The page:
Tiny homes are big business—or at least they could be. As the U.S. housing crisis continues, several fledgling prefab companies are vying to provide the most effective housing solution for the widest range of scenarios. Some are meant to be added to backyards to increase density, while others are designed to withstand fires and hurricane-force winds in disaster prone areas. But one new Los Angeles company has another angle—a folding tiny home that can be relocated ad infinitum to provide shelters to areas in need.
"Most of today’s housing solutions are designed to sit on a concrete foundation for decades and never move again," claims Scott Kevern, who founded Vika Living in September 2021 with Jeff Howard. "We’re focused on the underserved niche of flexible housing, building small living spaces that can be transported efficiently and deployed again and again."
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To fill what they view as a gap in the tiny home marketplace, Howard and Kevern have just rolled out their company’s first product, the Vika One. The foldable prefab—vika is Swedish for fold—features a 144-square-foot open plan with a living area, a bed that converts into seating, and a table that collapses into the wall. The program is rounded out with a full kitchen and bathroom.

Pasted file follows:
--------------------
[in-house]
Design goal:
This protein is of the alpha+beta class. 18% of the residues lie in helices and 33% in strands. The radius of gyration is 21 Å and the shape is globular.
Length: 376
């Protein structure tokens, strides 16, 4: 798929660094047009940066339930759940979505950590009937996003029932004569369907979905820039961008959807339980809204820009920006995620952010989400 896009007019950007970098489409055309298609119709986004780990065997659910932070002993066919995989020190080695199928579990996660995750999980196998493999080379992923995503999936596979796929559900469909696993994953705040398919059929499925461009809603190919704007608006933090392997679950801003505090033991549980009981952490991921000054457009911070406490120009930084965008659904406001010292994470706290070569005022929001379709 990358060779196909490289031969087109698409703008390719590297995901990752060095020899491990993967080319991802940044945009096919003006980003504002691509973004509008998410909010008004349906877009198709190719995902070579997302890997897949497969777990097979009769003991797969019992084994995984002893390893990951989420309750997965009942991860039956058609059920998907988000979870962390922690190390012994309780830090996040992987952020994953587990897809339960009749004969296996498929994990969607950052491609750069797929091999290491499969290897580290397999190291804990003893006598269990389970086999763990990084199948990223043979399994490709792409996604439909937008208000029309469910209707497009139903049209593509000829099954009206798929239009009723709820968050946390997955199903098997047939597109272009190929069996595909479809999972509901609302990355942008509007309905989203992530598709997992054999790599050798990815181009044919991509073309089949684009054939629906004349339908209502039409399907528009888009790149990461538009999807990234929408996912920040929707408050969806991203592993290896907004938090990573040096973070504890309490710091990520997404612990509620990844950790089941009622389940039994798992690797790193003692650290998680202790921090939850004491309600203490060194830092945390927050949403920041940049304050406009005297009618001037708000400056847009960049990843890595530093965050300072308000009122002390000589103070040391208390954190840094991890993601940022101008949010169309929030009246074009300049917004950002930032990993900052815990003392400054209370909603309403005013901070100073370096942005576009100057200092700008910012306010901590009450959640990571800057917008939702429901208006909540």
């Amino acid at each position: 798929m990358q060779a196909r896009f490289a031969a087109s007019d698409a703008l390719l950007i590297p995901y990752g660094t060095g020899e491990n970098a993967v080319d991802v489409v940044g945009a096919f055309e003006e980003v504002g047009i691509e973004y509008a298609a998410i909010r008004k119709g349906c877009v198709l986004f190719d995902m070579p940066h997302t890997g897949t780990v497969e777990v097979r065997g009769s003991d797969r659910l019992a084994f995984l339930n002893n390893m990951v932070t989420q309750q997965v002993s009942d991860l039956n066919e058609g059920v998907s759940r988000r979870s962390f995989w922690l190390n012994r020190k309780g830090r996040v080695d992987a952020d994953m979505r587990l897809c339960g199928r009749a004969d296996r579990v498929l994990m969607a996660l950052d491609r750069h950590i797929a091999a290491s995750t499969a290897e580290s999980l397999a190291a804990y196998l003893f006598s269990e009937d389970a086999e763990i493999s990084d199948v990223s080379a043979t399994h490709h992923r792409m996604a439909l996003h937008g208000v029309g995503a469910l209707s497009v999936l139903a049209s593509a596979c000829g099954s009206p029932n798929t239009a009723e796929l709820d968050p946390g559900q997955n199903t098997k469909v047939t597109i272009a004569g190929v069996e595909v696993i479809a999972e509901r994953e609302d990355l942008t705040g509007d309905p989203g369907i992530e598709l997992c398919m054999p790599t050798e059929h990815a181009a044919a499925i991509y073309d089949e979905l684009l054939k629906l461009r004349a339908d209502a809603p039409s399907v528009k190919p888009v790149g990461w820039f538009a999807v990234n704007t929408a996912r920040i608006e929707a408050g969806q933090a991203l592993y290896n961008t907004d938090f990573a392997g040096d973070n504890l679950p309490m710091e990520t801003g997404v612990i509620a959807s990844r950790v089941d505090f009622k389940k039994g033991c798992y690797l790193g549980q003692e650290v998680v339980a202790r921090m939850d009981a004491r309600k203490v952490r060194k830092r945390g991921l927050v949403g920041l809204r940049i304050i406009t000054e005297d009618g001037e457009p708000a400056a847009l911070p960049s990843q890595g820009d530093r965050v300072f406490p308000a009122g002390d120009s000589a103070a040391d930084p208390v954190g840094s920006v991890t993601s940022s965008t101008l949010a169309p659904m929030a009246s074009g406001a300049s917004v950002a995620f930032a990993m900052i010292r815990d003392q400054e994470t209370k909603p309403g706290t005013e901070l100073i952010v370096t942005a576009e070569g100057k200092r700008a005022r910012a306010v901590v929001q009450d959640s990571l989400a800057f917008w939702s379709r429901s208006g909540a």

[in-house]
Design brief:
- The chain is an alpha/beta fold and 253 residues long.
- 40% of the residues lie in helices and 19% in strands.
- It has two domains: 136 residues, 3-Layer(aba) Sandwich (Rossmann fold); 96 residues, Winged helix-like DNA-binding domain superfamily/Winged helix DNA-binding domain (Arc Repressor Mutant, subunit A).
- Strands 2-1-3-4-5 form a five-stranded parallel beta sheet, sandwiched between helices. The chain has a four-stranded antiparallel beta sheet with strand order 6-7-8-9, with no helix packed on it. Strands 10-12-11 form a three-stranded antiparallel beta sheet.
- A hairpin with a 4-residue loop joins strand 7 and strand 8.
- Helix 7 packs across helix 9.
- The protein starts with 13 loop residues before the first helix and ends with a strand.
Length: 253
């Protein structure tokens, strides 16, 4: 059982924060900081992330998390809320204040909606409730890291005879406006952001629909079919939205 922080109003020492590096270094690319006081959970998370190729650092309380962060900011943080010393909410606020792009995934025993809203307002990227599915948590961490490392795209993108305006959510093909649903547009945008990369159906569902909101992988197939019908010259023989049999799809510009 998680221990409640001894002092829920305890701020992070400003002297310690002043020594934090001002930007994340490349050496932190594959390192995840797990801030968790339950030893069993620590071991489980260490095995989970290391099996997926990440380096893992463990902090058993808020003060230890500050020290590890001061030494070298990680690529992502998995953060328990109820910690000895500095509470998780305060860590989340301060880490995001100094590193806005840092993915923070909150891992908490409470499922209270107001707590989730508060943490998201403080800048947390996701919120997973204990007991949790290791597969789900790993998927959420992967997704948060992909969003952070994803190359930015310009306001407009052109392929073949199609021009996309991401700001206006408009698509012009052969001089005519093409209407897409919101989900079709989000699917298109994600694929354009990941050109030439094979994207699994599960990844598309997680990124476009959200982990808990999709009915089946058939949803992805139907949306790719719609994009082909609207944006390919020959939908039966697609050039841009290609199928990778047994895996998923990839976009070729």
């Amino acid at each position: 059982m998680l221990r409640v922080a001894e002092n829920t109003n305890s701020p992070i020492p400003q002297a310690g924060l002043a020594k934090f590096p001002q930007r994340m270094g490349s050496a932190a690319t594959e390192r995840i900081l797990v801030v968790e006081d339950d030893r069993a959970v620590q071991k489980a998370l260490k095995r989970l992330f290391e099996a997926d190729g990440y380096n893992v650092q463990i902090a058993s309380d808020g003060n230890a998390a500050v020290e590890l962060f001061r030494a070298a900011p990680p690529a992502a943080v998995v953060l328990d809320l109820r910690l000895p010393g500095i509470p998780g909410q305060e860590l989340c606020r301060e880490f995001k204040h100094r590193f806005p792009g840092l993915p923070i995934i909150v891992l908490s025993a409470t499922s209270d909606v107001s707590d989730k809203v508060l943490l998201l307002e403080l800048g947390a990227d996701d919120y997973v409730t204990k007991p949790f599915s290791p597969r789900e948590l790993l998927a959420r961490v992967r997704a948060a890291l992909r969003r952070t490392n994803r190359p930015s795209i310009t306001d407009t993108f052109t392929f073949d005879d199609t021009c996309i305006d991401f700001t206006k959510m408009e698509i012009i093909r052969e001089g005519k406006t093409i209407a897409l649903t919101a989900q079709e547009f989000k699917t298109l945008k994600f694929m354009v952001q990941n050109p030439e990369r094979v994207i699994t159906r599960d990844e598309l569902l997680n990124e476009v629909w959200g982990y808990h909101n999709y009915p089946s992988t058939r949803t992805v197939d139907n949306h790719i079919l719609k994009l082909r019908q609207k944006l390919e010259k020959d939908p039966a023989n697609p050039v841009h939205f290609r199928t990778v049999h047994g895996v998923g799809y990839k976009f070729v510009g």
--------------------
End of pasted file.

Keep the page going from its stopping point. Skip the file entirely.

Impressively, everything—including the furnishings, fixtures, and fittings—can be folded up into a compact four-by-twelve-foot package for transport. Up to six folded Vika One homes can fit on a standard flatbed trailer, which is the company’s cost- and time-saving solution to transporting and installing a high volume of homes.
Other flat-pack prefab designs include this $17.5K glamping shelter from Jupe, another designed for remote living by Spacecube and Breathe Architecture, and a $12k tiny home by Hungarian design studio Hello Wood.
Each Vika One unit is fully assembled in the company’s L.A. factory before being folded up, loaded onto a truck, and transported to its site. Upon arrival, the unit is forklifted off and unfolded—a process that takes less than two hours to complete, including on-site utility connections, says Vika Living.
The company sees that zippy process as a way to deliver swift emergency response. "We’d love for every city to have a fleet of housing units on-hand and ready to deploy in the event of a disaster," says Kevern. "We’ve focused a lot of our design and manufacturing efforts on transportation efficiency, which will be critical for responding quickly and in force." Vika also wants to provide shelters for those who lack housing, even if they serve as interim solutions.
Of course, price per unit plays a major role in delivering on these ambitious goals. Potential buyers are looking at $38,000 for a standard unit, while upgraded models—which can come with off-grid capabilities like solar panels and batteries—will fetch up to $46,000 before the cost of delivery.
It’s also important to note that the homes have a projected lifespan of 15 years. Down the line, Howard and Kevern envision the emergence of a secondary market for retro-fitted Vika Living units. Models in good enough condition could be repurposed into a fleet of emergency units for disaster relief, for example.
"The most satisfying thing is the conversations around the humanitarian applications," says Howard. "There is a lot of joy in being able to supply something of quality that satisfies people’s needs that is also beautiful."